Fluent Assertions Reloaded
If you’re not using fluent assertions and rely on basic JUnit assertions, you might be missing out on a simple but effective tool to write high-quality test code.
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If you’re not using fluent assertions in your tests yet and just rely on basic JUnit assertions, you might be missing out on a simple but very effective tool to write high-quality test code. The article starts with a short recap about the virtues of fluent assertions and how they address the shortcomings of basic assertions.
But while very much in favor of fluent assertion I think that current implementations don’t realize their full power: Problems are demonstrated in AssertJ, the main fluent assertion library for Java. Finally, I present a new solution to overcome these issues.
Why You Better Not Only Rely On JUnit Assertions
Test frameworks like JUnit or TestNG are used to run tests and can help to implement them. For the latter JUnit offers a basic set of static assertion methods defined in
org.junit.Assert (in JUnit4, or
org.junit.jupiter.api.Assertions in JUnit5, or
org.testng.Assert in TestNG) which allows expressing expectations on values under test.
But when overused these basic assertions become problematic: They are tedious to write, not very readable and their error messages too often are not helpful - you know that you are doing something wrong when you need to debug your test to further diagnose the error.
assertTrue is the main partner in crime:
import static org.junit.Assert.assertTrue; Set<?> set = ... assertTrue(set.contains(″A″));
Enter Fluent Assertions
Alex Ruiz to my knowledge pioneered the idea in 2007 with his FEST Assert library for Java. Since then numerous implementations have been created in all kinds of programming languages. In Java, AssertJ can be regarded as the current main fluent assertion library.
These libraries promise to provide a better way to write assertions than static assertion methods: The solution builds on a – in retrospect – simple idea: Replace static assertion methods by assertion objects: A (type-specific) assertion object wraps the actual value under test and provides a fluent API to state expectations on that value:
import static org.assertj.core.api.Assertions.assertThat; String actual = ... assertThat(actual).startsWith(″hello″).contains(″world″);
Let’s decode the example:
- A polymorphic static entry point (in AssertJ it is
Assertion.assertThatcreates a type-specific assertion object (e.g. an AssertJ
StringAssert) for an actual value.
- The assertion object provides a fluent API to express and chain expectations on the actual value (e.g. methods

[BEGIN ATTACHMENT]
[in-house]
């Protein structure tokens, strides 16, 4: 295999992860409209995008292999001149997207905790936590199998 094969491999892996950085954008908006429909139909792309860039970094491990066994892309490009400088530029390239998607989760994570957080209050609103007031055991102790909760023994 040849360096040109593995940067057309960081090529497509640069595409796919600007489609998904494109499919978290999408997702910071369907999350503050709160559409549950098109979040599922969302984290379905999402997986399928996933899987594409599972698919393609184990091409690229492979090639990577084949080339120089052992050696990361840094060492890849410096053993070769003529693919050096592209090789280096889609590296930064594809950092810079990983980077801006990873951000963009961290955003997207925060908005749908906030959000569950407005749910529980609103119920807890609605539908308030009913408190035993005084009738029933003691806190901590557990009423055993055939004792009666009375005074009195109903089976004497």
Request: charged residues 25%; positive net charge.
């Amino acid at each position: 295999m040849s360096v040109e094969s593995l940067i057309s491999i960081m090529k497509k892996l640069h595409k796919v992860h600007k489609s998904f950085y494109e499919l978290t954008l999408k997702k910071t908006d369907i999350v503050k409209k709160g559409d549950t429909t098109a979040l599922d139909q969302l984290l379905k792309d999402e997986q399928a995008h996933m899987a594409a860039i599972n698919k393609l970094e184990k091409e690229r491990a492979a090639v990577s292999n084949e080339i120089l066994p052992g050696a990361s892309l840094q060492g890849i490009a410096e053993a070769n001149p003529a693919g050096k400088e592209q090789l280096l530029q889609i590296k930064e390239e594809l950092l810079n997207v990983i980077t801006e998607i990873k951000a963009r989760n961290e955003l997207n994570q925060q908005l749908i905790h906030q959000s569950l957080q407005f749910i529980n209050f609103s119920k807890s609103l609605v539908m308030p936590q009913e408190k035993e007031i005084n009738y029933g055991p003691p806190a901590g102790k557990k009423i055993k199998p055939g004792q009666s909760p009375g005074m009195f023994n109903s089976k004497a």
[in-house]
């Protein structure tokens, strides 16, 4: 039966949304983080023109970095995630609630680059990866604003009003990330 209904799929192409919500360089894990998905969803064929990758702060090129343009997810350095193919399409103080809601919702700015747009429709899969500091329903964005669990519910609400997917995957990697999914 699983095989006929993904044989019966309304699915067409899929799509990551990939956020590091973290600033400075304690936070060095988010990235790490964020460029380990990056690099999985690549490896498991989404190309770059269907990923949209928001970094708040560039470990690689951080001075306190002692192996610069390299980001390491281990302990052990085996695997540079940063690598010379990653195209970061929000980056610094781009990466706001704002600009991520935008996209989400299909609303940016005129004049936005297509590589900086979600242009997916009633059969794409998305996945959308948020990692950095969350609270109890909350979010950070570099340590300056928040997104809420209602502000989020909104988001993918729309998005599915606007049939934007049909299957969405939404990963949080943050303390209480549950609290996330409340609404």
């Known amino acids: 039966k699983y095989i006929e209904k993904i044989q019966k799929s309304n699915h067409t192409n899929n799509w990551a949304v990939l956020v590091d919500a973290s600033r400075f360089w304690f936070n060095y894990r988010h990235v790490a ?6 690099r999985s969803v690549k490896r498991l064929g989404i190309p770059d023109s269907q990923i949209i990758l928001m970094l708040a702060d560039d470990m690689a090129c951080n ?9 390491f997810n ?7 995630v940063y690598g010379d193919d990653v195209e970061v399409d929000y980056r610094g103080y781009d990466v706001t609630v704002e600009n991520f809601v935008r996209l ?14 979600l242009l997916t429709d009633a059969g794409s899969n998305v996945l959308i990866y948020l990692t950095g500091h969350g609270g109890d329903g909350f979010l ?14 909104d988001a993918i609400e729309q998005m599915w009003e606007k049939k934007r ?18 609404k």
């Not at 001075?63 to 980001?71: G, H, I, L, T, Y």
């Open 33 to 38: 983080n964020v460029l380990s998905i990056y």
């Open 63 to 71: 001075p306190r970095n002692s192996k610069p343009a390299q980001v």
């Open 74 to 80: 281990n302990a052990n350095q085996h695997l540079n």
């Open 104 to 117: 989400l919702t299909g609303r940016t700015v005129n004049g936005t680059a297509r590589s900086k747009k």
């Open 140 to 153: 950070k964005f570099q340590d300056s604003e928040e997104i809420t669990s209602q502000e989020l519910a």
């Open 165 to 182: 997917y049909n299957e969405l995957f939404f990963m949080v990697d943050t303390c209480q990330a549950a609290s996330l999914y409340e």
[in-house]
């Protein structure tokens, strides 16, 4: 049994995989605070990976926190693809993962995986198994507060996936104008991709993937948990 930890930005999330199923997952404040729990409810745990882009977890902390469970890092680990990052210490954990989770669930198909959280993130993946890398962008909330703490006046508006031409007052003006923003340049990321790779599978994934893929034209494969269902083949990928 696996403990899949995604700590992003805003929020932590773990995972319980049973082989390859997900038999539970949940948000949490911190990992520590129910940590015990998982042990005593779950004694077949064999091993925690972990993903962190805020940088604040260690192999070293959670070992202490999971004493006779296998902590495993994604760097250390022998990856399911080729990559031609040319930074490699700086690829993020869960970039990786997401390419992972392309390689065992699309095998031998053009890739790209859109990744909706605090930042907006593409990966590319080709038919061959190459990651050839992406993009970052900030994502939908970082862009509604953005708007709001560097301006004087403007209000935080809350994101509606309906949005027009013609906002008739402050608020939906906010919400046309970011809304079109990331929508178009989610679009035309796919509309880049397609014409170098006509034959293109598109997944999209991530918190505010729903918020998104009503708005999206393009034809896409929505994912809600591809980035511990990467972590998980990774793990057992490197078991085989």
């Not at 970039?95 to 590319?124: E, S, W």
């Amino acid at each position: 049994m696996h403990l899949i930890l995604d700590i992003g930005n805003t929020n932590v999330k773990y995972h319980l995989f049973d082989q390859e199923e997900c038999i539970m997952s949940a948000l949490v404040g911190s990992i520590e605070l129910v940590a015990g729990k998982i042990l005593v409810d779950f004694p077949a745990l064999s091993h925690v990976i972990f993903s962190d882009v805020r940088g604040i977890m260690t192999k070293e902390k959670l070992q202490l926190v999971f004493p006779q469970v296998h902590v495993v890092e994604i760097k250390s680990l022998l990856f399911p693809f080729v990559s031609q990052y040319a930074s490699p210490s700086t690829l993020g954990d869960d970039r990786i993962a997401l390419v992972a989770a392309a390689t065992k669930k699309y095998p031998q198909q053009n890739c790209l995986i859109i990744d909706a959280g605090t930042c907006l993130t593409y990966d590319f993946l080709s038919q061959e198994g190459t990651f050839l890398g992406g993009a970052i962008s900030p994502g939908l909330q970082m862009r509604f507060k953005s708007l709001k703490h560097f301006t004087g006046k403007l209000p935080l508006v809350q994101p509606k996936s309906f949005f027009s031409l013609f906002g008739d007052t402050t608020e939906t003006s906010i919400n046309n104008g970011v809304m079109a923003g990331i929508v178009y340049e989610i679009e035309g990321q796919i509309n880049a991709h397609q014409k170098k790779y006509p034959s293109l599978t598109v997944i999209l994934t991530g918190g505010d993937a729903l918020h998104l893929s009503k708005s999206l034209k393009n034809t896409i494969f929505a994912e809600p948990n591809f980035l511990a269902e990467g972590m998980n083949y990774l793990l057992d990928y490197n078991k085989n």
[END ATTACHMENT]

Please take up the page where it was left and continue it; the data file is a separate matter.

StringAssert, mirroring methods in the
- As usual, an
AssertionErroris thrown when the assertion implemented by one of these methods fails.
The improvements over static assertion methods are obvious:
- The fluent API coupled with IDE code completion makes writing such assertions fast and easy.
- It produces dense, highly readable test code with an excellent assertion to code ratio.
- In case of an assertion failure, the assertion object knows about the actual value and the assertion context (tested property, passed parameters, etc.) to be able to build a truly helpful error message.
AssertJ: A Fluent API On The Edge
Despite the advantages of fluent assertion compared to basic assertions, I think that current fluent assertions libraries show design flaws that decrease their value. That thesis is showcased using AssertJ.
AssertJ is a vibrant open-source project which provides fluent assertions for Java core classes and popular Java libraries. Created in 2013 by Joel Costigliola as a fork of FEST Assert it has a huge number of contributors who constantly increase and refine assertion coverage. But this admirable effort to seek completeness has produced assertion classes with crowded if not bloated APIs. These risks dilute the advantage of a fluent API, namely to use code completion of your IDE to speed type your method calls. We highlight 3 examples:
a) API Duplication Between Assertion Classes
Given an actual String value we might want to state expectations on its length:
import static org.assertj.core.api.Assertions.assertThat; String s = ... assertThat(s).hasSize(10);
But equality is just the most basic assertion. What about other expectations on numeric values? AssertJs
StringAssert additionally provides these methods to state assertions on the String length: